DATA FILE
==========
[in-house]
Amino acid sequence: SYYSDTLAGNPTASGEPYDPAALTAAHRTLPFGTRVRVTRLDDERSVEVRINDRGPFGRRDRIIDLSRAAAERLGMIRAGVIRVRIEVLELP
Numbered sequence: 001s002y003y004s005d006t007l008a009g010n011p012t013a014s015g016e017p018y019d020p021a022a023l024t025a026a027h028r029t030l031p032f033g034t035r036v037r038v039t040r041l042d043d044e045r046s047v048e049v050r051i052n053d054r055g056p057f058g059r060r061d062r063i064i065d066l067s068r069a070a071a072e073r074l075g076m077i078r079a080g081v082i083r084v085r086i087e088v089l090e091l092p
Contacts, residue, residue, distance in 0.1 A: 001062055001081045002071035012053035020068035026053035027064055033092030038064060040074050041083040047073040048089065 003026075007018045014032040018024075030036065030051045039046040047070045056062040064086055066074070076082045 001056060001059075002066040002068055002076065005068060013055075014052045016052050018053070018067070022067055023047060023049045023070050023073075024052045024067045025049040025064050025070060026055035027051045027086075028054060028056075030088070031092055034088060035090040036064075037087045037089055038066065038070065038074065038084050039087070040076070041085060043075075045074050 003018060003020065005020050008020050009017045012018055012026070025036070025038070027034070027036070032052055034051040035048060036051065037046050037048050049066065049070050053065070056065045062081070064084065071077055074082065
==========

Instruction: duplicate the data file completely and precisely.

[in-house]
Amino acid sequence: SYYSDTLAGNPTASGEPYDPAALTAAHRTLPFGTRVRVTRLDDERSVEVRINDRGPFGRRDRIIDLSRAAAERLGMIRAGVIRVRIEVLELP
Numbered sequence: 001s002y003y004s005d006t007l008a009g010n011p012t013a014s015g016e017p018y019d020p021a022a023l024t025a026a027h028r029t030l031p032f033g034t035r036v037r038v039t040r041l042d043d044e045r046s047v048e049v050r051i052n053d054r055g056p057f058g059r060r061d062r063i064i065d066l067s068r069a070a071a072e073r074l075g076m077i078r079a080g081v082i083r084v085r086i087e088v089l090e091l092p
Contacts, residue, residue, distance in 0.1 A: 001062055001081045002071035012053035020068035026053035027064055033092030038064060040074050041083040047073040048089065 003026075007018045014032040018024075030036065030051045039046040047070045056062040064086055066074070076082045 001056060001059075002066040002068055002076065005068060013055075014052045016052050018053070018067070022067055023047060023049045023070050023073075024052045024067045025049040025064050025070060026055035027051045027086075028054060028056075030088070031092055034088060035090040036064075037087045037089055038066065038070065038074065038084050039087070040076070041085060043075075045074050 003018060003020065005020050008020050009017045012018055012026070025036070025038070027034070027036070032052055034051040035048060036051065037046050037048050049066065049070050053065070056065045062081070064084065071077055074082065